Issued this Wednesday October 6, the latest report of the UK Office for National Statistics reveals new data as for 20,262 people followed-up by the Office of National Statistics between July 2, 2020 and September 25, 2021.
With these data, statisticians managed to notice that as soon as the Delta variant became the dominant strain in the UK soil – starting from May 17 – the toll of Covid reinfections skyrocketed.
“The risk of reinfection was higher in the period after 17 May 2021 compared with the period before; this reflects a higher risk of reinfection during the period when the Delta variant of coronavirus (COVID-19) was the dominant strain”, the authors of the study wrote. And yet, reinfections are less likely to cause severe Covid, unlike first infections.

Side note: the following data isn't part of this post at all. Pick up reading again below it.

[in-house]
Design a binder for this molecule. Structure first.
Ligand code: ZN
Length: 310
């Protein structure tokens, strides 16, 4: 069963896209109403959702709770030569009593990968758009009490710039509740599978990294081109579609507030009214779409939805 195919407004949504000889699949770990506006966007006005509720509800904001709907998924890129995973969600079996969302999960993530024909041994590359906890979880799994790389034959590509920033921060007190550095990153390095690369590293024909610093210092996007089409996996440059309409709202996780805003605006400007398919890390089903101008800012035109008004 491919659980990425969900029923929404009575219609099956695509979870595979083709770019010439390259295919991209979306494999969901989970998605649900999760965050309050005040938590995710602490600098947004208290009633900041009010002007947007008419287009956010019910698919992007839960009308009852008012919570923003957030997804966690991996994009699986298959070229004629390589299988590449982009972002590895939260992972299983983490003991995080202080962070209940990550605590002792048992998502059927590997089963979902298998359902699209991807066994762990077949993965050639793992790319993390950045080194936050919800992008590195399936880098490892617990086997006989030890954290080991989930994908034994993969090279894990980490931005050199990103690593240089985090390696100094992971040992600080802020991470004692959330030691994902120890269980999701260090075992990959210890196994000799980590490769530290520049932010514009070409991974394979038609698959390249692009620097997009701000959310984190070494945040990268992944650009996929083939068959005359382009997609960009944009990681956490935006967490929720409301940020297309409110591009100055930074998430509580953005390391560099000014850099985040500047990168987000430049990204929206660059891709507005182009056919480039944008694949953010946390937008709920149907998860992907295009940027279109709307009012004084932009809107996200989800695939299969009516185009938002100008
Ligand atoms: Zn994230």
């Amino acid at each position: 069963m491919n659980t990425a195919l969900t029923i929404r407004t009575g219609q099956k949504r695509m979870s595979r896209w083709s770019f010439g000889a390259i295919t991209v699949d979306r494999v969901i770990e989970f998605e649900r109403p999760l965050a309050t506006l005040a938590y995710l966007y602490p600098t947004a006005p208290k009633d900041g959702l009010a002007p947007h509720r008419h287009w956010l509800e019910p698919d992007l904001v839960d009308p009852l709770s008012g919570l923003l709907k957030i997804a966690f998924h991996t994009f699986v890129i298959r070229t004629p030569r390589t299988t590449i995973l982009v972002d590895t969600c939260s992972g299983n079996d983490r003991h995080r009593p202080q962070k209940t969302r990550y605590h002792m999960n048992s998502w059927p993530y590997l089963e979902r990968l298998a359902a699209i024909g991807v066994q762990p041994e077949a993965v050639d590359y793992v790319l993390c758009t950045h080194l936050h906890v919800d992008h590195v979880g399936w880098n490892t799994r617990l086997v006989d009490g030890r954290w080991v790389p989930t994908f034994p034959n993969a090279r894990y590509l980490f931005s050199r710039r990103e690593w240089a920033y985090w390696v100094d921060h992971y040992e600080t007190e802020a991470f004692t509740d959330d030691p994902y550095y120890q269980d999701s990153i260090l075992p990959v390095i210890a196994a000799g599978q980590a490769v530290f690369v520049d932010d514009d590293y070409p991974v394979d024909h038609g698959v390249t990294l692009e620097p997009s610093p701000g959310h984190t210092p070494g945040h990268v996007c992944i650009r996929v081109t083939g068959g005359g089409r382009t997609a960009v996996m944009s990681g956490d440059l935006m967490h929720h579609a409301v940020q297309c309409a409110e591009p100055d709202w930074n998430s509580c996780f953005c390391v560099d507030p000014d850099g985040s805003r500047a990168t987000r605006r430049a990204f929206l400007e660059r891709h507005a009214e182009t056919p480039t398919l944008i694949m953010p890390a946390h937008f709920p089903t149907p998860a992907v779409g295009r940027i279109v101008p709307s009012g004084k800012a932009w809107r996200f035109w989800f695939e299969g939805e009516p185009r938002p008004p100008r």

“These findings suggest viral loads at reinfection tend to be higher where reinfections are predominantly from the Delta variant, compared with other variants”, they go on. As a matter of fact, 137 people in the 296 cases of reinfection studied have shown a higher viral load compared with their first infection.
This new report from the UK Office for National Statistics adds that women are more likely to be reinfected than men; that symptomatic sick are less likely to be reinfected; and people showing on-set pathologies are more likely to be reinfected.